Just how big of a deal was the Healthy Indiana Plan?
That seems to be the key question dividing Republican Gov. Mitch Daniels and his Democratic challenger, Jill Long Thompson, in their competing plans over health care reform.
Daniels’ campaign for re-election points to his administration’s ongoing rollout of the Healthy Indiana Plan as his entire plan for health care reform in his second term. The plan, which uses cigarette tax revenue to offer health insurance and health savings accounts for previously uninsured Hoosiers, was passed by the Legislature in 2007.
Meanwhile, Thompson and her surrogates contend that Indiana needs much more reform than Daniels so far has offered to truly tackle high costs and high rates of uninsured Hoosiers. Daniels’ efforts could be improved, Thompson contends, by borrowing some recent changes made by Massachusetts.
“The Healthy Indiana Plan, it’s an important step, but it’s far from what you’ve heard,” said Rep. David Orentlicher, D-Indianapolis, while debating on Thompson’s behalf at a health care forum Oct. 13.
“It has a lot of drawbacks,” he added, noting that the plan requires participants to contribute up to 5 percent of their income. “So we need to do a lot more.”
Meanwhile, Libertarian candidate Andy Horning says both candidates are heading in the wrong direction by expanding-or even continuing-a substantial governmental role in health care.
“We have been raised since the New Deal to think that politicians have to be involved in health care,” Horning said at the Oct. 13 debate, which was held on the campus of IUPUI.
To date, the Healthy Indiana Plan has signed up 30,000 Hoosiers, according to Daniels’ point man on health care, Mitch Roob, secretary of the Indiana Family and Social Services Administration. But the goal of the plan was to sign up 132,000 people.
In an interview, Roob said he’s “very pleased” with how the rollout has progressed so far, considering that the Daniels administration first had to persuade the Legislature to pass the bill and then had to negotiate with the Bush administration to approve part of the program.
“We continue to see steady growth in the number of eligible recipients,” said Roob, predicting that the Healthy Indiana Plan will have 75,000 or even 90,000 participants by November 2009. In a second Daniels term, Roob said, he would like to expand the Healthy Indiana Plan to cover more childless adults.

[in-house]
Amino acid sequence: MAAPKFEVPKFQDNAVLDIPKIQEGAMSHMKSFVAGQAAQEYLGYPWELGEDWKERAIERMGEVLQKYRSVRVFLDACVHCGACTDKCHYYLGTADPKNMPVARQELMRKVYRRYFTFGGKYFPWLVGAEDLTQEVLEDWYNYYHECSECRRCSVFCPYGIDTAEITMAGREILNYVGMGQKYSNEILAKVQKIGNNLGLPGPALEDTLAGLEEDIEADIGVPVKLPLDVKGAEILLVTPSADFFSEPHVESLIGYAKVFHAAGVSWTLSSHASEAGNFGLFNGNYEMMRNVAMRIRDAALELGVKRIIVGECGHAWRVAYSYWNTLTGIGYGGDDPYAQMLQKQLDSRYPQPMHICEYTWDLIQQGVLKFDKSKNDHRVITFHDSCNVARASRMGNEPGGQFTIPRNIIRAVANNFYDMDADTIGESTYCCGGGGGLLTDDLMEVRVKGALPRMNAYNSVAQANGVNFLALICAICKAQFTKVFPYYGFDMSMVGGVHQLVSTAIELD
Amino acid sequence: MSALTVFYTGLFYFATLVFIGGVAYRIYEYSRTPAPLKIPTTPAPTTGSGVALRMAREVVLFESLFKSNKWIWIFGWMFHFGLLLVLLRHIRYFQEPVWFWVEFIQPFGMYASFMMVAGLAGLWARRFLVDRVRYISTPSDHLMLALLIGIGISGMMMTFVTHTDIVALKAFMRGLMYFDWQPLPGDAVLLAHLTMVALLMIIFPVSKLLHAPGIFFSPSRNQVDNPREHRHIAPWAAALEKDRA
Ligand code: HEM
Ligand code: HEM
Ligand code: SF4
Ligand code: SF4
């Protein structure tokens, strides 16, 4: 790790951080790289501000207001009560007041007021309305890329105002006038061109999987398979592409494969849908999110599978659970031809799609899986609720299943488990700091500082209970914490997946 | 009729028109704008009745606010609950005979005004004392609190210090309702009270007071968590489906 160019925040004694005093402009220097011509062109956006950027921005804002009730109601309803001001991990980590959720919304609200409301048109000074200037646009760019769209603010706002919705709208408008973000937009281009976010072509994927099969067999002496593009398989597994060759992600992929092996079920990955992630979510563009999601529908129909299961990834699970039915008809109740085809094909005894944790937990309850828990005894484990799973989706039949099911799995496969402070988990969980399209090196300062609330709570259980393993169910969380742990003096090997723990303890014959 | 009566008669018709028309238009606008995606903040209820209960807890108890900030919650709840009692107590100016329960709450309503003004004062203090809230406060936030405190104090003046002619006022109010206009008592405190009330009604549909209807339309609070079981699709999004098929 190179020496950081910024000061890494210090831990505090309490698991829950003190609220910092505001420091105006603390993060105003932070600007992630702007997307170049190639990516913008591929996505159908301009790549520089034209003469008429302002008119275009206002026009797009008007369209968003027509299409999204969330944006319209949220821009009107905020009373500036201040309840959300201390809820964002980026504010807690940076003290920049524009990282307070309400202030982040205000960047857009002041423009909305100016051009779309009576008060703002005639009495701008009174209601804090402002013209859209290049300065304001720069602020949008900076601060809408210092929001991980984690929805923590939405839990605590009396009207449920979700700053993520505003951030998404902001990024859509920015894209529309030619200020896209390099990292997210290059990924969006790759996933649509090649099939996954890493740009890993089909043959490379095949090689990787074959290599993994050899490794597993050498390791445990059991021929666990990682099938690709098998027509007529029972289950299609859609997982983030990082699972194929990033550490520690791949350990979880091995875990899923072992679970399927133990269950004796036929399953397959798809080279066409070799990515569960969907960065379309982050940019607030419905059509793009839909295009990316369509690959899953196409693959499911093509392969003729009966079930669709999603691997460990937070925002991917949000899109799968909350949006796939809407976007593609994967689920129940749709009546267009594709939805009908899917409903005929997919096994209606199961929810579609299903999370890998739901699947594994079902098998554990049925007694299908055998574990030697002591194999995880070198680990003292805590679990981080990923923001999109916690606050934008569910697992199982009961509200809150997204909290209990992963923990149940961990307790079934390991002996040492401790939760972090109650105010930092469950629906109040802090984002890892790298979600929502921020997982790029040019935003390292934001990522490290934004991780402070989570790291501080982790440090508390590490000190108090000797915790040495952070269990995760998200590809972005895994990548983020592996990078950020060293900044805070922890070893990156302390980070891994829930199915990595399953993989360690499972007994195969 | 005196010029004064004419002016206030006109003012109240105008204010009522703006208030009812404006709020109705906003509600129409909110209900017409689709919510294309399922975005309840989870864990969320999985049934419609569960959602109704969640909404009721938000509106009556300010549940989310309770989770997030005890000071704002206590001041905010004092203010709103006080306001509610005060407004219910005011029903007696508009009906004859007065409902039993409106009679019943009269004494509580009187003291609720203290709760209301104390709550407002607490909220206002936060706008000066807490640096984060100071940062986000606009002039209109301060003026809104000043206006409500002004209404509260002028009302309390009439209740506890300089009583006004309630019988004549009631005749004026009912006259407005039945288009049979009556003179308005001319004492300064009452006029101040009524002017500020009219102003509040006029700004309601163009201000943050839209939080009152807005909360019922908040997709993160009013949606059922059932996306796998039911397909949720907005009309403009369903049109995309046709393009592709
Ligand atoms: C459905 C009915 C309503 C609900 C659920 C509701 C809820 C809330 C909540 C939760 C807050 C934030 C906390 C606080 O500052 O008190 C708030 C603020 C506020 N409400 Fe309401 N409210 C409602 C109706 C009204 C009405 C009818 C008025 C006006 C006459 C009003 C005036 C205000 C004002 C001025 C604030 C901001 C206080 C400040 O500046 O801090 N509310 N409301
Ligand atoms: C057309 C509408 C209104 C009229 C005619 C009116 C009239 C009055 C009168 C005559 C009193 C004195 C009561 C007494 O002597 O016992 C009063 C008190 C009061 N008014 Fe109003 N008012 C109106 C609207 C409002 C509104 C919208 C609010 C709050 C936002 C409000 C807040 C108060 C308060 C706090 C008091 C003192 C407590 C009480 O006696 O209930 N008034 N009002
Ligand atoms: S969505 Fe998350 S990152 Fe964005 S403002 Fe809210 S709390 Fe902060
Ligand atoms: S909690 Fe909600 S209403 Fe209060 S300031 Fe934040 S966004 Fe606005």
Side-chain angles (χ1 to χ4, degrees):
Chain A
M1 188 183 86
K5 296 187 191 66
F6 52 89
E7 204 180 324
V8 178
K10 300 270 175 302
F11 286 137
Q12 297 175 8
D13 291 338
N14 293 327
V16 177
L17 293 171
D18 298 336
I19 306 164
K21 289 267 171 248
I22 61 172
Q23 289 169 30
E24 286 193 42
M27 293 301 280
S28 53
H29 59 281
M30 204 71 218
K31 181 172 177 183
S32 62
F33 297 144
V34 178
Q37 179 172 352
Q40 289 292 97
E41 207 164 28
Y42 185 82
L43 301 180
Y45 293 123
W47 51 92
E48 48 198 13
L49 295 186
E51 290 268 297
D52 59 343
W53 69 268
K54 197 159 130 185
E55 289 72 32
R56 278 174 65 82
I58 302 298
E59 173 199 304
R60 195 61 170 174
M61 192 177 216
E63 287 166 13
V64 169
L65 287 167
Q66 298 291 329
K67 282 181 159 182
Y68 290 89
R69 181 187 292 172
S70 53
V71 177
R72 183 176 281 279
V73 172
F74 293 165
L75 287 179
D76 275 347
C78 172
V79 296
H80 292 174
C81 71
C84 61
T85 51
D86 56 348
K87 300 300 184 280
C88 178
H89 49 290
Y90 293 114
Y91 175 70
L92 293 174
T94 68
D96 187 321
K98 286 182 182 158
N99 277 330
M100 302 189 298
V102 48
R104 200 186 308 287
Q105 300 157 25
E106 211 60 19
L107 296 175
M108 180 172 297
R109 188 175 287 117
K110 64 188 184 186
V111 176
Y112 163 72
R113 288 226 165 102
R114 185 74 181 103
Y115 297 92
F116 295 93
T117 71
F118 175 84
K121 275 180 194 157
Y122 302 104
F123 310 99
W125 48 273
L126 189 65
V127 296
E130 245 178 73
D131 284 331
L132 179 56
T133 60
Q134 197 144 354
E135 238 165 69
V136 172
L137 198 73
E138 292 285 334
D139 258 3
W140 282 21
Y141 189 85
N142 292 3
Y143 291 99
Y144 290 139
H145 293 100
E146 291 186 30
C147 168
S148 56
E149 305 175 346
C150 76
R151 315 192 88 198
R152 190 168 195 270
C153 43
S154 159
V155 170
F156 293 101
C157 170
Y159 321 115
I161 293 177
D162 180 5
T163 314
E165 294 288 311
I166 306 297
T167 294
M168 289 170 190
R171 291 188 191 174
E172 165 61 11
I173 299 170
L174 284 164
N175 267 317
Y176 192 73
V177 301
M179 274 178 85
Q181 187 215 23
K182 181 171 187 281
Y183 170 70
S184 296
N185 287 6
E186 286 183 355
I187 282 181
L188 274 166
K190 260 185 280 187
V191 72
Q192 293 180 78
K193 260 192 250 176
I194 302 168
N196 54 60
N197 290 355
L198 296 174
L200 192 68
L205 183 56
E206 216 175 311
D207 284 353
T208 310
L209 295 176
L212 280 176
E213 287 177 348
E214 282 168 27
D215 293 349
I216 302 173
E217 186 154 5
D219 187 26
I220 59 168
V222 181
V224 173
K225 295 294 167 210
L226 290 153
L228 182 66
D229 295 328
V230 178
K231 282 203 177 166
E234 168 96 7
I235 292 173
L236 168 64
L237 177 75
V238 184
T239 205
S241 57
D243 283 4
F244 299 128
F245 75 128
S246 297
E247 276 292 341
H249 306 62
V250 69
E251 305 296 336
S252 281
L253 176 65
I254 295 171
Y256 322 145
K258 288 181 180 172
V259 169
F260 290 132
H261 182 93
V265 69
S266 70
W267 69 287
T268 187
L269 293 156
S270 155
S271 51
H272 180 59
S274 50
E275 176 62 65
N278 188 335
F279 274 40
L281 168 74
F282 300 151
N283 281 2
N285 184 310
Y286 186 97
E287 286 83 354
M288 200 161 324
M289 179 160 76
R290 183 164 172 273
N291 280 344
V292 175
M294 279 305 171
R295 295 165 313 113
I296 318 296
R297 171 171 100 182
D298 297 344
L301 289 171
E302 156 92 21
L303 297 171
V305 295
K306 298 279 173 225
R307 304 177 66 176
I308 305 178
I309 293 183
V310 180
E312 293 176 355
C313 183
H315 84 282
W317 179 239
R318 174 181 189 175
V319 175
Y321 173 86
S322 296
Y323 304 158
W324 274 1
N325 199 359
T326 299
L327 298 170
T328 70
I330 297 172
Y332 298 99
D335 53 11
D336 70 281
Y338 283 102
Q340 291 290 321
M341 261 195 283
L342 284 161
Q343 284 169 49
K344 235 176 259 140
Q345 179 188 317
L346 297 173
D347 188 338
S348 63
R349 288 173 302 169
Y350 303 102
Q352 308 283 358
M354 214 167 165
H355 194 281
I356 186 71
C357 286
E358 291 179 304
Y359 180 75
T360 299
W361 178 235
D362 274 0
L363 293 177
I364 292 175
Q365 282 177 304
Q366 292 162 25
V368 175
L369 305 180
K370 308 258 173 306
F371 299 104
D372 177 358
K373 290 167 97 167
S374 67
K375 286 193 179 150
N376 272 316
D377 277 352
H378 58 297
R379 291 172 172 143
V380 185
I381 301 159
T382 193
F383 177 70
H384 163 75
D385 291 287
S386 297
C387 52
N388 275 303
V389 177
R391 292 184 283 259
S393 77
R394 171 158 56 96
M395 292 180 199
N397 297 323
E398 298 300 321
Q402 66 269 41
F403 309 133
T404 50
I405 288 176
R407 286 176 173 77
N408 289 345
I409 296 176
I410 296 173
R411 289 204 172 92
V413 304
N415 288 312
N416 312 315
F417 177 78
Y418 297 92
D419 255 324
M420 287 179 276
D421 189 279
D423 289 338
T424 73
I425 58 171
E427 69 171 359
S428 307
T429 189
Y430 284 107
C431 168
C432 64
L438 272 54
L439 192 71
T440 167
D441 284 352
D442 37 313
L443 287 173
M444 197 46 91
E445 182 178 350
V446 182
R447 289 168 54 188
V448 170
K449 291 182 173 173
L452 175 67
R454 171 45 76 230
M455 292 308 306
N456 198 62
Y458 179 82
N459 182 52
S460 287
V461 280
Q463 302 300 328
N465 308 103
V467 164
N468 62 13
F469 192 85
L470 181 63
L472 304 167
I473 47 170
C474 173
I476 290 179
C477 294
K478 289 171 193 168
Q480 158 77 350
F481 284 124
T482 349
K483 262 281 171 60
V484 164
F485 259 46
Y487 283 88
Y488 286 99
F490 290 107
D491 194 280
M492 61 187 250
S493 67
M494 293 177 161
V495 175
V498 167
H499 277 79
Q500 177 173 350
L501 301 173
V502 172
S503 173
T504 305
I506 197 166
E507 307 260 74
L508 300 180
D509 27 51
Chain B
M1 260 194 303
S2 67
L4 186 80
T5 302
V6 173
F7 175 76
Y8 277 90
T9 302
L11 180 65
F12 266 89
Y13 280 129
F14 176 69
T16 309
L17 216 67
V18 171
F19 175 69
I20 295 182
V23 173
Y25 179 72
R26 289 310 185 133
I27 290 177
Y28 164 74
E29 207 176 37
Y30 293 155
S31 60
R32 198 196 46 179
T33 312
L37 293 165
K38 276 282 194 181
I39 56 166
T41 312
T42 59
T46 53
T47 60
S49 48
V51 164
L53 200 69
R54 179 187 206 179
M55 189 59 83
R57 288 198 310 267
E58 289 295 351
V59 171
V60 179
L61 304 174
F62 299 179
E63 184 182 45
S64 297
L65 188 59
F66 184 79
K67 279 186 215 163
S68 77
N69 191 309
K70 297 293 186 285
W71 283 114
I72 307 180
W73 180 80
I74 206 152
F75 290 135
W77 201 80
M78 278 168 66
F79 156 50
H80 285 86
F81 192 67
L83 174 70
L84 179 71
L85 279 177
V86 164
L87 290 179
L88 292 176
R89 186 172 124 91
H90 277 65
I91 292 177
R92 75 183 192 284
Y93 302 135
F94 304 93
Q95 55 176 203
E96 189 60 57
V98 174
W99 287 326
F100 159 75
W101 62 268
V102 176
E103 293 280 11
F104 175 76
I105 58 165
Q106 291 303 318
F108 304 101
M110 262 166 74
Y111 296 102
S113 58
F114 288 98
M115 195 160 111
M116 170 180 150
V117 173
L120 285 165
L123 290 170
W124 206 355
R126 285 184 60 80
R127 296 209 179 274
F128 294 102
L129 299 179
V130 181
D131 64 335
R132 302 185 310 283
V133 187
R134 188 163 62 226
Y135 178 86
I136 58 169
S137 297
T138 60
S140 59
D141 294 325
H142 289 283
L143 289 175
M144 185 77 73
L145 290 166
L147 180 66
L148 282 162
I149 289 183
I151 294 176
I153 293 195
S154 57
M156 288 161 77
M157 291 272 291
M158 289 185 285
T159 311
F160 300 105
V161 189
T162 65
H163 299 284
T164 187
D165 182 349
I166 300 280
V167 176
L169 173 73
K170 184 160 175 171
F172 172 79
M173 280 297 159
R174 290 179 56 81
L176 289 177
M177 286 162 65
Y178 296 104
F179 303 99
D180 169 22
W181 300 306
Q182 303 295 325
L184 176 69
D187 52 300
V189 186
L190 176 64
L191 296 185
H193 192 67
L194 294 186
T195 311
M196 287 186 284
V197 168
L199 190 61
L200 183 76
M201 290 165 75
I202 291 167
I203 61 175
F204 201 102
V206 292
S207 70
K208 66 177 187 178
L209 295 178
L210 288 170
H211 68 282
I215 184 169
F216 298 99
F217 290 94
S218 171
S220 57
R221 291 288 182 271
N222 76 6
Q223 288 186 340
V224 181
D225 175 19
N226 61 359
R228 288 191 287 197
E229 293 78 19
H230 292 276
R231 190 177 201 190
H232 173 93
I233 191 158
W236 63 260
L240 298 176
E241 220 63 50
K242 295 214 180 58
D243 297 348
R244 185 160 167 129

The Healthy Indiana Plan, also called HIP, accepts families who earn up to double the federal poverty limit. However, it asks all participants to contribute a percentage of their income, from 2 percent up to 5 percent. Each Healthy Indiana Plan participant gets $1,100 in a health savings account to help him or her cover medical expenses.
Daniels argues that this personal financial responsibility will help Hoosiers spend less on health care, driving down overall costs.
But Thompson says a better approach to reduce costs is to allow individuals and small businesses to join a stateorganized pool that could purchase health care coverage at the lower rates paid by large employers.
Thompson would provide incentives to small firms to join the pool, using 3 cents of the 44-cent cigarette tax increase that funded the HIP program.
In addition, Thompson wants to help Hoosiers shop for health insurance by creating a quasi-governmental agency that would compare health plans for them. This agency, modeled after one in Massachusetts, would use centralized applications to reduce costs and cut out the need for benefits brokers.
Eric Wright, director of the Indiana University Center for Health Policy, said Thompson’s plan could help insured Hoosiers who want more coverage. Many of those people have applied to the Healthy Indiana Plan even though they aren’t eligible.
“It’s important that we keep talking about this regardless of who gets elected,” said Wright, who moderated the Oct. 13 debate. “There are a lot of innovative ideas in the HIP plan, but I think there’s a lot of [other] ideas that haven’t been tested out there in the real world.”